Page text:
After the painful collapse of the housing market set off the Great Recession, many builders left the business and the survivors were cautious for years about taking chances on new construction. And while the economy rebounded, job growth surged and Atlanta welcomed many thousands of new residents, homebuilding activity never approached the pre-recession levels.

“We are still 45,000 housing units short,” Hunt said.

And what has been built has been much more expensive than pre-recession. That’s partly because many local governments have prevented construction of smaller houses on smaller lots even as the price of land rose sharply — especially closer to Atlanta.

Home prices are generally at least four times the cost of the land, Hunt said. So, with a lot in Gwinnett selling for an average of $90,000, a builder will put up a house that will cost a buyer at least $400,000, and even outlying counties like Jackson and Paulding are only marginally cheaper.

In Fulton County, a house lot averages about $100,000. In Cobb, a lot averages about $131,000.

Just two years ago, most of the 15 top-selling neighborhoods in metro Atlanta had an average price below $350,000, Hunt said.

“Now it is zero,” he said.

Inventory has been at historically low levels for several years. In a balanced market, when buyers and sellers have generally equal negotiating power, the number of listings typically represents about six or seven months of sales, experts say.

Listings now are less than half that.

That makes for fewer sales, and it also gives sellers the upper hand — especially in desirable locations and at lower prices. So the rise of mortgage rates slowed the rise of prices, but hasn’t yet led to decreases.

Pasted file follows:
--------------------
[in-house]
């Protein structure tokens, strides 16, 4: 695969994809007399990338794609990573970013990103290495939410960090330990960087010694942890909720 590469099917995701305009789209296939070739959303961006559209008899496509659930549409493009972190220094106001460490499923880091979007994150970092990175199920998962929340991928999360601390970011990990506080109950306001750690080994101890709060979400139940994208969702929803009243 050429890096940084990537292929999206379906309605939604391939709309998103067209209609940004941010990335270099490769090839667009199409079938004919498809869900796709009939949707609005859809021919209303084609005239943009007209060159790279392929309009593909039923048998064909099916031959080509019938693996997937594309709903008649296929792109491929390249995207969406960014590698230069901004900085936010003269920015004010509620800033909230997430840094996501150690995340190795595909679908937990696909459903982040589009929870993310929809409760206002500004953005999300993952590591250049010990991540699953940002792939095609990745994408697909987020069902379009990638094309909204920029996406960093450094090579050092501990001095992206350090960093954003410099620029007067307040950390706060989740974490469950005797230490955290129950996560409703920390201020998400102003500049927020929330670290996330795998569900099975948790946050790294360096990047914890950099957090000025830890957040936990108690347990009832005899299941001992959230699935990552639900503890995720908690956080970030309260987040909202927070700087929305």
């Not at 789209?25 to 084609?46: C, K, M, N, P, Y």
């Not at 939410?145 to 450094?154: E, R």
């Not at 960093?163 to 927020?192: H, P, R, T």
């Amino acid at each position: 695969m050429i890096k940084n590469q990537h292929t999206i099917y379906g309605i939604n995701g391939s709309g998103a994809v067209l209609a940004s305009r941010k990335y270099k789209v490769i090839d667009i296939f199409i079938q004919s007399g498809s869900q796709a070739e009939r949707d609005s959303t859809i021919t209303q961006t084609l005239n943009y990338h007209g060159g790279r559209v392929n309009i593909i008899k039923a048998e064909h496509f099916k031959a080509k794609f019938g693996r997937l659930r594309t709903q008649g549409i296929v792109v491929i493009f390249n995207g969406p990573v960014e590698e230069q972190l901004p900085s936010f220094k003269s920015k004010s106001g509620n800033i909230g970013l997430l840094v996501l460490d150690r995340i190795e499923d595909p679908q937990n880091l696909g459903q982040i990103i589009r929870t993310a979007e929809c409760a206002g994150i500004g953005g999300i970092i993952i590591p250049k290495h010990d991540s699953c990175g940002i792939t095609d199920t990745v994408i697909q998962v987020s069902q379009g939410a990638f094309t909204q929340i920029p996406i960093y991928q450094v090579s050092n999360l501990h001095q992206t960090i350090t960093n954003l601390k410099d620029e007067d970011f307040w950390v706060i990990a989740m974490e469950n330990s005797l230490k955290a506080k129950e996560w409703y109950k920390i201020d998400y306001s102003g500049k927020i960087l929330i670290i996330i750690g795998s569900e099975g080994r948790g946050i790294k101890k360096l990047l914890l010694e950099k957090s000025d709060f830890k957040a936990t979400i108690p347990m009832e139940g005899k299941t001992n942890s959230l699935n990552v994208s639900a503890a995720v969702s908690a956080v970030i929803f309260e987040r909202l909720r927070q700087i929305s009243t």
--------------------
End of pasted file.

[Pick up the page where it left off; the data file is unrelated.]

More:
In the 12-county area centered on the city of Atlanta, there were 12,486 homes listed for sale last month, down 3.2% from the same month a year earlier, according to John Ryan, chief marketing officer of the Georgia Multiple Listing Services.

The median price of a home sold in that area last month was $395,000, up 5.4% from a year earlier, according to the Georgia MLS. During the month, 3,837 homes were sold last month, 11.3% fewer than in November 2022.

High rates are a drag on potential buyers too, potentially adding hundreds of dollars per month to mortgages.

“From what I see, the Atlanta real estate market is dragging a bit this holiday season,” said Torrence Ford, broker and owner of Re/Max Premier in Atlanta. “However, there are normal markets in and around Atlanta in pockets that are still thriving. In areas with an excellent school rating, we are not seeing much change. Buyers will still pay to be in a desirable community.”


The prices and the rates: Housing gets more costly

Average rate, Dec. 2023: 6.95%

Average rate, Dec. 2019: 3.73%

Median Atlanta-area listing price, Dec. 2023: $419,995

Median Atlanta-area listing price, Dec. 2019: $318,138

Monthly payment*, $318,138 home, 3.73%: $1,323

Monthly payment*, $318,138 home, 6.95%: $1,895

Monthly payment*, $419,995 home, 3.73%: $1,746

Monthly payment*, $419,995 home, 6.95%: $2,502

*Monthly payments based on 30-year fixed-rate mortgages with a 10% down payment. Does not include taxes and insurance.

Sources: Freddie Mac, Realtor.com